Charles Ortiz, Senior Principal Manager of AI / Senior Research Scientist at Nuance Communications, wrote this article a few months ago on TechCrunch, arguing that there is no particular reason to believe AI will be bad for humanity – there are a vast number of possible outcomes.

That is undoubteldy true, and it should be born in mind when reading some of the more apocalyptic articles about AI. However, few people are saying that’s the only outcome, or even the likely outcome. But as highlighted in some of the comments, the fact it’s a possible outcome means we at least should plan for this eventuality: whilst unlikely, the impact if it did happen could be immense.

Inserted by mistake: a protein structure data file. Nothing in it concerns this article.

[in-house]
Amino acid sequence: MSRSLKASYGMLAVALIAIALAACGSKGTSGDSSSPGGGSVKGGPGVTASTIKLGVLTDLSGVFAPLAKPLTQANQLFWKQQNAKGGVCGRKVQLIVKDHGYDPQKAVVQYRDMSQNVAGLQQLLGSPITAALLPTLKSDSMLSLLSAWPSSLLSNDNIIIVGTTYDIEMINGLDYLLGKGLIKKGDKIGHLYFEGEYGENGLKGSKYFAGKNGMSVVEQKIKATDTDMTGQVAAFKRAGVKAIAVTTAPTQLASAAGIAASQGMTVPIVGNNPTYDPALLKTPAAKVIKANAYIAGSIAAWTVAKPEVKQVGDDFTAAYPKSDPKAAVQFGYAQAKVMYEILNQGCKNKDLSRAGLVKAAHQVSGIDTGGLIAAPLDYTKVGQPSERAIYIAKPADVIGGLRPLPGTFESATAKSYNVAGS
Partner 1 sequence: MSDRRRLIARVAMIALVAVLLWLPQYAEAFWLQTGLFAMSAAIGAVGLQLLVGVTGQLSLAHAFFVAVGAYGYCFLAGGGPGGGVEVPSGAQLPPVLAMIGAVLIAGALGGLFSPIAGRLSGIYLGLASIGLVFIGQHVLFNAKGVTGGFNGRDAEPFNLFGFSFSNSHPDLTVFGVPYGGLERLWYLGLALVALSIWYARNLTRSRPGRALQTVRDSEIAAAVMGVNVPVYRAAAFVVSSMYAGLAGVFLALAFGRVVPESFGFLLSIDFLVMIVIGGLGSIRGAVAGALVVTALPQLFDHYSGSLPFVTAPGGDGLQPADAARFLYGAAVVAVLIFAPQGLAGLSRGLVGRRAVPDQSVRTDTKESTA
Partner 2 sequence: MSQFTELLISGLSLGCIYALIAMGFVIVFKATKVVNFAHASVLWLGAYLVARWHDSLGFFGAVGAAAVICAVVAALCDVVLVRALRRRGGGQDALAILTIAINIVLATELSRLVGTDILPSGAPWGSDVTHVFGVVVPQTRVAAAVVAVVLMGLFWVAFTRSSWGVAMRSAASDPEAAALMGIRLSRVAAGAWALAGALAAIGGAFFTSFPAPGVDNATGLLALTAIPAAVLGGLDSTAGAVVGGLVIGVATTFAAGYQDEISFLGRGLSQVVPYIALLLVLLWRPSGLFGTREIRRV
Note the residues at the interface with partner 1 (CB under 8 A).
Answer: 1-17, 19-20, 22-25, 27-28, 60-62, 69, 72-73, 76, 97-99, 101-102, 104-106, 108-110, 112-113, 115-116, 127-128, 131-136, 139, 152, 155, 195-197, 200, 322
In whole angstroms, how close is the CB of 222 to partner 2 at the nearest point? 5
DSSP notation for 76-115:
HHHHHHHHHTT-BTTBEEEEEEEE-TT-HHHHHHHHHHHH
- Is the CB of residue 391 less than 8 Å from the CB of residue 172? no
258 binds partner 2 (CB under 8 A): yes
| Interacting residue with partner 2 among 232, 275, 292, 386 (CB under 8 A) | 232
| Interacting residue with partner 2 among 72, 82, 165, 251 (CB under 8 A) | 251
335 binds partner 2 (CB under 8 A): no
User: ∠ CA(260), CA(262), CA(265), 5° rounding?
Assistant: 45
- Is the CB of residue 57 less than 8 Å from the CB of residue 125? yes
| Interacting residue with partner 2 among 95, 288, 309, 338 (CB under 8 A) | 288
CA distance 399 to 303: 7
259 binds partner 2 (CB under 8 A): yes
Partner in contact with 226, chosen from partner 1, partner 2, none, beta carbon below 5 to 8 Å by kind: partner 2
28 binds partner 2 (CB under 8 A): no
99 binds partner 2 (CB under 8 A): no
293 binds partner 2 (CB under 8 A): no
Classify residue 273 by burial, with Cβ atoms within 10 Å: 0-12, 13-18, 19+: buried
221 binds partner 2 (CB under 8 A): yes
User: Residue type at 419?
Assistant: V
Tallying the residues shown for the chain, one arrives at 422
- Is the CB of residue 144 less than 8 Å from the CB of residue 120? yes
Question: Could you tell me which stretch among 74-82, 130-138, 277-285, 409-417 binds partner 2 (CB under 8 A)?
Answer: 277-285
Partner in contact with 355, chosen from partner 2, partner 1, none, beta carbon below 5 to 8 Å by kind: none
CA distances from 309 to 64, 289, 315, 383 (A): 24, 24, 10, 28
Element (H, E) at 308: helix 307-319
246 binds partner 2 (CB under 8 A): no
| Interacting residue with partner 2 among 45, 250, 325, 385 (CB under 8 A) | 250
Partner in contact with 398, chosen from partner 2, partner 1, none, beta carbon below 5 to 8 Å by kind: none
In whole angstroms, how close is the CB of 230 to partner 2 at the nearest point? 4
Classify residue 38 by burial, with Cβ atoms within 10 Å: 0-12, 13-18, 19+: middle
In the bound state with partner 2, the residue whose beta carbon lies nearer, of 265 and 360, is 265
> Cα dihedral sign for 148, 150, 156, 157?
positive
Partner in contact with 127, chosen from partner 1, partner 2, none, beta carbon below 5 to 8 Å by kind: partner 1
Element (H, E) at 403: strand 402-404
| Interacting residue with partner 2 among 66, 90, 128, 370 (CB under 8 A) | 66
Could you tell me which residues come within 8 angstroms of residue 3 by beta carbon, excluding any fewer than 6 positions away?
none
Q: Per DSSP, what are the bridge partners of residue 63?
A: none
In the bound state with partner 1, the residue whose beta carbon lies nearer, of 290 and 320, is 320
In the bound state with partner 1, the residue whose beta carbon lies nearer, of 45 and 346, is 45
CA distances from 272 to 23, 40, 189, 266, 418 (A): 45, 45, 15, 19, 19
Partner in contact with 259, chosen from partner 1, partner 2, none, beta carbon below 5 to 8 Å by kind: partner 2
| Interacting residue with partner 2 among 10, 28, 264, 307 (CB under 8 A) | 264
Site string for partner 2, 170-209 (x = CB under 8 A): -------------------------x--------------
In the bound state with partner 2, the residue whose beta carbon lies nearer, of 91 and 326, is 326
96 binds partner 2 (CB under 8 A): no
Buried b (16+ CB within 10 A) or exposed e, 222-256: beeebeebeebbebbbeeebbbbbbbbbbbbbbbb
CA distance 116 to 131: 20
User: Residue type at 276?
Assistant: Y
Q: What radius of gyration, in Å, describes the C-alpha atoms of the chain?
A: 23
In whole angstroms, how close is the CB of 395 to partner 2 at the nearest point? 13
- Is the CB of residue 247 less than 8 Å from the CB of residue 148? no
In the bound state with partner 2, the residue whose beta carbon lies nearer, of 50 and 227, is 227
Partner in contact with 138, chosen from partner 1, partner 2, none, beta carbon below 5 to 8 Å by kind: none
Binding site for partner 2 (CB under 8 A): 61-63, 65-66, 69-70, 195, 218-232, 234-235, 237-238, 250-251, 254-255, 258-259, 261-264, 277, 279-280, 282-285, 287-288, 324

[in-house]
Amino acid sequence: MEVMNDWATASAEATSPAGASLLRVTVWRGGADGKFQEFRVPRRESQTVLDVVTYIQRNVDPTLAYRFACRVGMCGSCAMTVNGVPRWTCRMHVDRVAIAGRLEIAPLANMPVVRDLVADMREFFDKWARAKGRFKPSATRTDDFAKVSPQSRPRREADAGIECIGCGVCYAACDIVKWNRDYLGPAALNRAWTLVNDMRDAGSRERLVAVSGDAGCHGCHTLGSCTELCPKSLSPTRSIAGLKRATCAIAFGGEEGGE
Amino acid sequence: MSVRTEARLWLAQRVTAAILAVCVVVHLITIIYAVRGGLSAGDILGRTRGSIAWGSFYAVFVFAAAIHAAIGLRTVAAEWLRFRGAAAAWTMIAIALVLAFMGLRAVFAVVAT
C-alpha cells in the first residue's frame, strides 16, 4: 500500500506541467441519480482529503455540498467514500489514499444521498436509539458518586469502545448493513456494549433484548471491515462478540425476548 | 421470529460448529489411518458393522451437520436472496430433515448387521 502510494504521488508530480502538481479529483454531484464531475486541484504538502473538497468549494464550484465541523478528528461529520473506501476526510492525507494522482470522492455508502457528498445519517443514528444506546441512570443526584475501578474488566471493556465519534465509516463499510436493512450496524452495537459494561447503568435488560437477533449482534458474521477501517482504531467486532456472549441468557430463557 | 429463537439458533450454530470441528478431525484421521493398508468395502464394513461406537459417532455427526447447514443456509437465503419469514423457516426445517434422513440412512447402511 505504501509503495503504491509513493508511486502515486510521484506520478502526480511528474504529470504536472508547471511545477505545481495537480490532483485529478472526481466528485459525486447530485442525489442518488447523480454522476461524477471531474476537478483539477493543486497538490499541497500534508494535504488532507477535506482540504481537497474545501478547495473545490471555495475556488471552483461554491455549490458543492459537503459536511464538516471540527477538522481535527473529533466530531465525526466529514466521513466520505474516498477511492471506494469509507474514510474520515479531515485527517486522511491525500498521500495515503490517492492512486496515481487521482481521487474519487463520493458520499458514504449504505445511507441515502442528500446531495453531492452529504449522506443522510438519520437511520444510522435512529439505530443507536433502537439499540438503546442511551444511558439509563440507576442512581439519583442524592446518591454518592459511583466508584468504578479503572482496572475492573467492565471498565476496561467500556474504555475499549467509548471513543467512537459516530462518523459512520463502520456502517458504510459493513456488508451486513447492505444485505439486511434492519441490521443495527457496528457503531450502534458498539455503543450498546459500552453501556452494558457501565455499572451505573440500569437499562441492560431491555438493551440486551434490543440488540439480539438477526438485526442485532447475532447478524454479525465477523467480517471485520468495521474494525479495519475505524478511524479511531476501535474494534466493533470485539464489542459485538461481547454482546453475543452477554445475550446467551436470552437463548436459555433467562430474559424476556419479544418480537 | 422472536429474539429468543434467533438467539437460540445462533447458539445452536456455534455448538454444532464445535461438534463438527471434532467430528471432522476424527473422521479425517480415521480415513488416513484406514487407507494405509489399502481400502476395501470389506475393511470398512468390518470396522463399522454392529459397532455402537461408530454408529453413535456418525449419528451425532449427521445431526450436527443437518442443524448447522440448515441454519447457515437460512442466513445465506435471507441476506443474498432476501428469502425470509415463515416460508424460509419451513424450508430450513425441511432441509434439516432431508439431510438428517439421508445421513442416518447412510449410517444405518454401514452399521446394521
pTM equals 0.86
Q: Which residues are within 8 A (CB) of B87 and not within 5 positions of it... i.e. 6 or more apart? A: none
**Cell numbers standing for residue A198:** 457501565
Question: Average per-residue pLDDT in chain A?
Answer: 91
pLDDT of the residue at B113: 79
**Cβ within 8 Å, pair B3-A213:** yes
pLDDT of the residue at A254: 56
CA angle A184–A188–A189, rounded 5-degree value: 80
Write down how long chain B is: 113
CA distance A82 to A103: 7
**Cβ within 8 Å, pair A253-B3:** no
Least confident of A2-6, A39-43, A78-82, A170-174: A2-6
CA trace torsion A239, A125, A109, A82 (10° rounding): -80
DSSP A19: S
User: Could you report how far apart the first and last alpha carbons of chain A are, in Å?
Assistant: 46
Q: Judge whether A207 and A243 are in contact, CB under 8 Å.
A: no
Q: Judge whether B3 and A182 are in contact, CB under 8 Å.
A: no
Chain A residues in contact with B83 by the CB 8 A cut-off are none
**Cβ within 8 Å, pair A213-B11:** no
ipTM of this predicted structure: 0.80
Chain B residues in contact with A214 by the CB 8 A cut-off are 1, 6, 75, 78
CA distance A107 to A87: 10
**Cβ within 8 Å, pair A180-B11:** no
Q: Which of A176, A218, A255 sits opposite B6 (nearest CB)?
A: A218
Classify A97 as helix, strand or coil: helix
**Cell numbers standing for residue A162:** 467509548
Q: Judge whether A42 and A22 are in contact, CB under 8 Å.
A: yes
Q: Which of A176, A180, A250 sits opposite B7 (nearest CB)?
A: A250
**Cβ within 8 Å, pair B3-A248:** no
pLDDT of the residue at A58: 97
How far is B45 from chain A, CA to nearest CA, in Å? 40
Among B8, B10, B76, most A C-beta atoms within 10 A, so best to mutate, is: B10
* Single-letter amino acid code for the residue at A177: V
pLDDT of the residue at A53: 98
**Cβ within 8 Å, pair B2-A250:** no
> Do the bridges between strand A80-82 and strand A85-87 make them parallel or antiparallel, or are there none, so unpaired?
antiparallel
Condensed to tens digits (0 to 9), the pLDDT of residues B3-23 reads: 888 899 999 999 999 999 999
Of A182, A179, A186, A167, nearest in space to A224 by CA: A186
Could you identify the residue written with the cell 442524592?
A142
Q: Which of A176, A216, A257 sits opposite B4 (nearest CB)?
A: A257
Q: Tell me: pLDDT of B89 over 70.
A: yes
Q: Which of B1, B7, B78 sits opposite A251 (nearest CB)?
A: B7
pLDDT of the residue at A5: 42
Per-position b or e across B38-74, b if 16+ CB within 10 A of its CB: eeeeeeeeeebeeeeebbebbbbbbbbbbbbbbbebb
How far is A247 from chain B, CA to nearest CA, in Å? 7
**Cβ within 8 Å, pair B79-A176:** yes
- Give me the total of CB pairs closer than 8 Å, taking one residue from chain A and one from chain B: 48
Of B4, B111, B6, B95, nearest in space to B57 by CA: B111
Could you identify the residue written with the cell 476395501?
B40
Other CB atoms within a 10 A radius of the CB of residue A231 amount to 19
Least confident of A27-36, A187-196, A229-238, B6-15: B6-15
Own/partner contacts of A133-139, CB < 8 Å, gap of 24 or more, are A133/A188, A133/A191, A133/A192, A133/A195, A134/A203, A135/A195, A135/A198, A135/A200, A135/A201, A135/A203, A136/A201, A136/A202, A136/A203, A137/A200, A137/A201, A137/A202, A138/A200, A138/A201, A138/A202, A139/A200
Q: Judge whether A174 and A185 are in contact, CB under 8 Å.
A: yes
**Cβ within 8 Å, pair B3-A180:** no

Part of the challenge with planning for this future is that whereas in the past all significant advances in technology have been very capital intensive, naturally keeping them in the hands of big business or Governments, AI is predominanty software where the marginal cost of production tends towards zero, and the cost of computing power is constantly falling. This will be a great enabler, but it will also be nearly impossible to control who has access to AI capabilties.

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